The "grandmother of the French New Wave" discusses her ever-evolving artistic practice.
Agnès Varda is the only woman director to have been officially part of the French New Wave movement—and is perhaps best known for her classic Cleo from 5 to 7, from 1964. Her first film, La Pointe Courte, from 1954, was one of the first films from a member of the New Wave. She also made Vagabond (1984), one of the most important female road narratives to date, and has more recently received praise for her documentaries, including Jacquot de Nantes (1991), about her marriage to fellow filmmaker Jacques Demy, and The Gleaners and I (2000). As the writer and director of more than twenty features and countless shorts she is a bit of a living legend of filmmaking in Paris. But all that is in the past, as Agnès Varda has decided to move into a new chapter of her creative existence.
On the occasion of her winter opening at Galerie Nathalie Obadia last February I set about the project of trying to organize and interview with Agnès Varda on the subject of her new life as a visual artist. That was more than six months ago. The reality is is Ms. Varda has a great many people asking her for interviews and feels frustrated by how often the journalist ‘gets it all wrong no matter how nice they may be as people’ as she told me over the phone—and therefore she tends to turn them down altogether. Weeks and weeks gone by and a score of emails later her assistant suggested I come quickly to her famous address on Rue Daguerre on the left bank because Ms. Varda had agreed to meet with me after all, albeit briefly. Upon arrival I found her dressed all in maroon—to match her two tone hair, her cats wandering playfully around the living room, asking tea to be fetched for us. Ms Varda explained how much work she had to finish so we would have to make it quick. Who would argue with an eighty six year old trailblazer who has outlived the majority of her contemporaries anyway? I tried out some questions on her, and while some were left unanswered … these were the ones that passed the test:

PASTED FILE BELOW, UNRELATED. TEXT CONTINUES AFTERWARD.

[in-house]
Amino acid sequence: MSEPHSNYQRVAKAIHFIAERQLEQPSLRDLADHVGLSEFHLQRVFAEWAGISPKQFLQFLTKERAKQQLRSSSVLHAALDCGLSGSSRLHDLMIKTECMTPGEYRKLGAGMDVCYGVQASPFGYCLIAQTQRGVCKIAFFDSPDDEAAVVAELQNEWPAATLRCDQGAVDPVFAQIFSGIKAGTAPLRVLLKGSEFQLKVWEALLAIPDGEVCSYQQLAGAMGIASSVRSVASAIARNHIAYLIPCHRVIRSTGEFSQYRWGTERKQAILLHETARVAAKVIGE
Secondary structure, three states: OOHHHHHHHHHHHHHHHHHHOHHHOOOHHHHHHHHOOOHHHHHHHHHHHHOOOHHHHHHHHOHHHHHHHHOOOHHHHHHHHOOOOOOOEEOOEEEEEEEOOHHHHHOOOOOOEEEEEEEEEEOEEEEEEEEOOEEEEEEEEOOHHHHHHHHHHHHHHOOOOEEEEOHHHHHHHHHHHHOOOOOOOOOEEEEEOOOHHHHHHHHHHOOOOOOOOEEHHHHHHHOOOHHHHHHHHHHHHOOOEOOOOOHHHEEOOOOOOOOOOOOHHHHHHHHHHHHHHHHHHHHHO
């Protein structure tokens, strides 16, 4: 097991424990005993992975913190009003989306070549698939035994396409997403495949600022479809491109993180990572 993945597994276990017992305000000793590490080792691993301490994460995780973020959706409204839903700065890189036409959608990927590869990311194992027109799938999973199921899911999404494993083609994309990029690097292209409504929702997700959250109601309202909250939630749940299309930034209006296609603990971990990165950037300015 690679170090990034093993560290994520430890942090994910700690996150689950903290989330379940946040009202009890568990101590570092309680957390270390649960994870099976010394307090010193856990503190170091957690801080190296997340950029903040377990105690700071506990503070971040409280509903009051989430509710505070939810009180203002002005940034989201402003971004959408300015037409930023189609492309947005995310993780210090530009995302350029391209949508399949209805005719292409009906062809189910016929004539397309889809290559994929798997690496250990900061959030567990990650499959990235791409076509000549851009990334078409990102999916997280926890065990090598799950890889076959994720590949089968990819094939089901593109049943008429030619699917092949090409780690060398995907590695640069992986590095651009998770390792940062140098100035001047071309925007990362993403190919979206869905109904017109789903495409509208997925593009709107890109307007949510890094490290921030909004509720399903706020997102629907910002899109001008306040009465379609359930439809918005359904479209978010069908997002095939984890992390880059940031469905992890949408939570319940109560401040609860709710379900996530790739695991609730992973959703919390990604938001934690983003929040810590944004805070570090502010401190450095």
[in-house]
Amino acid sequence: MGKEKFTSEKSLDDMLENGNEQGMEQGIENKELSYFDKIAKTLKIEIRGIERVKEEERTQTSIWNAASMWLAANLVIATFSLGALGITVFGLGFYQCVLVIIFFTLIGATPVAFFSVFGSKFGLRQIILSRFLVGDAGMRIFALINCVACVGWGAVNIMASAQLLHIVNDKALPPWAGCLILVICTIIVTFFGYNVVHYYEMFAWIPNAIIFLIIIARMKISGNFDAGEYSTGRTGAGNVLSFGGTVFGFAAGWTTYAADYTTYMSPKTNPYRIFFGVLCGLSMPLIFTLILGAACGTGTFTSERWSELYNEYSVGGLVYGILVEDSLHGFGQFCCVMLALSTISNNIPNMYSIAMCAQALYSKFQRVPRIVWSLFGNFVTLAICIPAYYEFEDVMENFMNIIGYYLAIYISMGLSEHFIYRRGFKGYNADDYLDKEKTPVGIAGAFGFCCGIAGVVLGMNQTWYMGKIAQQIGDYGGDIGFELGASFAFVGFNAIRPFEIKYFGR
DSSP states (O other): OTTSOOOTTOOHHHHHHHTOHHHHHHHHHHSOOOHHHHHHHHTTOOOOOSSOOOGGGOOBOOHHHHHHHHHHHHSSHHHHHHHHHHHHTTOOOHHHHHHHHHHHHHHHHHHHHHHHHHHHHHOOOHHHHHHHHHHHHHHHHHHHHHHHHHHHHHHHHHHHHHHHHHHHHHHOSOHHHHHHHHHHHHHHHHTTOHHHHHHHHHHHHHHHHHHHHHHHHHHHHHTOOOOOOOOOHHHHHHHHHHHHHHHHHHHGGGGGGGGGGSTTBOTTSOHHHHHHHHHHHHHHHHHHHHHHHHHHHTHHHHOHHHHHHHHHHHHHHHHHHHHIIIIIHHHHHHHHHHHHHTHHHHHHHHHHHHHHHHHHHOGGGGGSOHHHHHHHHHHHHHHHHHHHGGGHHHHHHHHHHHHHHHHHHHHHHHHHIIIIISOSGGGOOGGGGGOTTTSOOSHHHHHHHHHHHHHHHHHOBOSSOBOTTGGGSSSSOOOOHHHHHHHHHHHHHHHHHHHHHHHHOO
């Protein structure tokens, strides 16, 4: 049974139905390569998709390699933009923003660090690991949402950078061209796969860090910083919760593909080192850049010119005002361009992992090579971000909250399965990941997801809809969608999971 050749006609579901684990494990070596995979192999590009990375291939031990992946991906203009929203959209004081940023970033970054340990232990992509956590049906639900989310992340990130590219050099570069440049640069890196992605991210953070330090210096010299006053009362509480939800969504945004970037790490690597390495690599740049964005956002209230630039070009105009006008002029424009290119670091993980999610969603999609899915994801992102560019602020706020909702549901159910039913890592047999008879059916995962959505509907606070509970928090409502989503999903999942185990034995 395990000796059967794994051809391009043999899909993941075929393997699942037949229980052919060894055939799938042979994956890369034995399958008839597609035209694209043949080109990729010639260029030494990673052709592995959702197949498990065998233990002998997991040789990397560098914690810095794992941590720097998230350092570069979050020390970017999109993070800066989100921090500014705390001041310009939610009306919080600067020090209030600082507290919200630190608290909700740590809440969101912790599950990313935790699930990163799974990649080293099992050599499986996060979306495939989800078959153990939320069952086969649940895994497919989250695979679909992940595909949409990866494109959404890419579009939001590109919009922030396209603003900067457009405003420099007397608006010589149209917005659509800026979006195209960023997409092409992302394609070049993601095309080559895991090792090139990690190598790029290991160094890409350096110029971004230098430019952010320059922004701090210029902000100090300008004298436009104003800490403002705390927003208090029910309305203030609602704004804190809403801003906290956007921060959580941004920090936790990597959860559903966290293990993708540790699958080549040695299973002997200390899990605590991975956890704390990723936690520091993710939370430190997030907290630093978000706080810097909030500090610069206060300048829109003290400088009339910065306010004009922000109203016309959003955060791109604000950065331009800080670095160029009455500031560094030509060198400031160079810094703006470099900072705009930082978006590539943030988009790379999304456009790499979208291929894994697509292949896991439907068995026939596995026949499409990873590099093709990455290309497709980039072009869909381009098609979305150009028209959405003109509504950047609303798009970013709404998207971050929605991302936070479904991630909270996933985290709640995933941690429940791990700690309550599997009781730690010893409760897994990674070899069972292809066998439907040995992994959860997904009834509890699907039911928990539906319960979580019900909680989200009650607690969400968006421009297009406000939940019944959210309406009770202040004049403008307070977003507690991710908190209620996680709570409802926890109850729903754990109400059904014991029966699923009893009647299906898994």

Sabine Mirlesse You’ve been called the Grandmother of french new wave cinema, how do you feel about that title?
Agnès Varda Since I started 5 years before the storm of the so-called French new wave, they called me “Grandmother.” I liked it very much since I was 30!
SM So what is it like to go from, in your own words, an‘old filmmaker’ to a ‘young visual artist’? Is there anxiety involved in starting something new, moving from territory you’ve mastered to a new medium?
AV No anxiety, it’s just an evolution of my work. I started in 2003 and I was already quite old (which I’m happy and proud of!) I had a big exhibition at the Fondation Cartier Pour L’Art Contemporain here in Paris in 2005, and recently at the end 2013 until June 2014 I had a larger exhibition at LACMA. For example, at LACMA I built an entire house out of film stock. I made the roof, walls, and so on, all out of film. You could see through the film and therefore the walls. I made a mural as well and exhibited photographs. I’m very pleased to say that they purchased the piece. I now have a piece in the permanent collection at the LACMA. I also have a piece at the MOMA in New York. This makes me feel good.
SM But what inspired the shift?
AV The need to change my way of working from flat screens to projections including space existed in me already. However when Hans Ulrich Obrist invited me to join a group of artists for Utopia Station at the Venice Biennale in 2003—that was the wonderful opportunity. At the first opportunity, I switched from movies to installations.